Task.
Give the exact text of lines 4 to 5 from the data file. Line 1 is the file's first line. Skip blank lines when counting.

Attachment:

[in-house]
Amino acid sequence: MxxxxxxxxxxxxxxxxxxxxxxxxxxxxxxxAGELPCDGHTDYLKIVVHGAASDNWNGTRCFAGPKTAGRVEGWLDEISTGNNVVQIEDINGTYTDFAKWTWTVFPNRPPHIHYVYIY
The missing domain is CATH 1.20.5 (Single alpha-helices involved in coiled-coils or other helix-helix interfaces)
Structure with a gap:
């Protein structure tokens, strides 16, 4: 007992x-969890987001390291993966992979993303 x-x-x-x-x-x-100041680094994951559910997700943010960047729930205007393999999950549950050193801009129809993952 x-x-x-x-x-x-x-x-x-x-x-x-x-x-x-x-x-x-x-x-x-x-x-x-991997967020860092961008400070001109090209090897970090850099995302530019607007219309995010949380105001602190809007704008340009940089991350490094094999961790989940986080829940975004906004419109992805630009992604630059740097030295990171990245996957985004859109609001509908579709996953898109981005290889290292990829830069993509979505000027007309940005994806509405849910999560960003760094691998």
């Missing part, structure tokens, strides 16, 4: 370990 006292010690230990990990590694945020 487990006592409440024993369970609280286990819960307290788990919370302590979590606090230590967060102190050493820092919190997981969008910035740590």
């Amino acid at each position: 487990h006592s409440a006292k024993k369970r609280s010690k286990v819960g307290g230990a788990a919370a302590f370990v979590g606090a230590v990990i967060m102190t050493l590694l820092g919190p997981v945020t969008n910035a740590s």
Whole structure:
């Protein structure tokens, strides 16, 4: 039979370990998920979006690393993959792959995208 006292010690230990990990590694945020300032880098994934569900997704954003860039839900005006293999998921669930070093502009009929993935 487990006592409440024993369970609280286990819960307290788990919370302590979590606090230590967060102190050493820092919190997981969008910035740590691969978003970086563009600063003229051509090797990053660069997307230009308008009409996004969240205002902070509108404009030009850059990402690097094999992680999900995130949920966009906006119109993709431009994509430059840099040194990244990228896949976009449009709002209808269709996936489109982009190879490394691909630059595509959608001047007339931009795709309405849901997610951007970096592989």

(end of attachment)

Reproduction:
Structure with a gap:
């Protein structure tokens, strides 16, 4: 007992x-969890987001390291993966992979993303 x-x-x-x-x-x-100041680094994951559910997700943010960047729930205007393999999950549950050193801009129809993952 x-x-x-x-x-x-x-x-x-x-x-x-x-x-x-x-x-x-x-x-x-x-x-x-991997967020860092961008400070001109090209090897970090850099995302530019607007219309995010949380105001602190809007704008340009940089991350490094094999961790989940986080829940975004906004419109992805630009992604630059740097030295990171990245996957985004859109609001509908579709996953898109981005290889290292990829830069993509979505000027007309940005994806509405849910999560960003760094691998």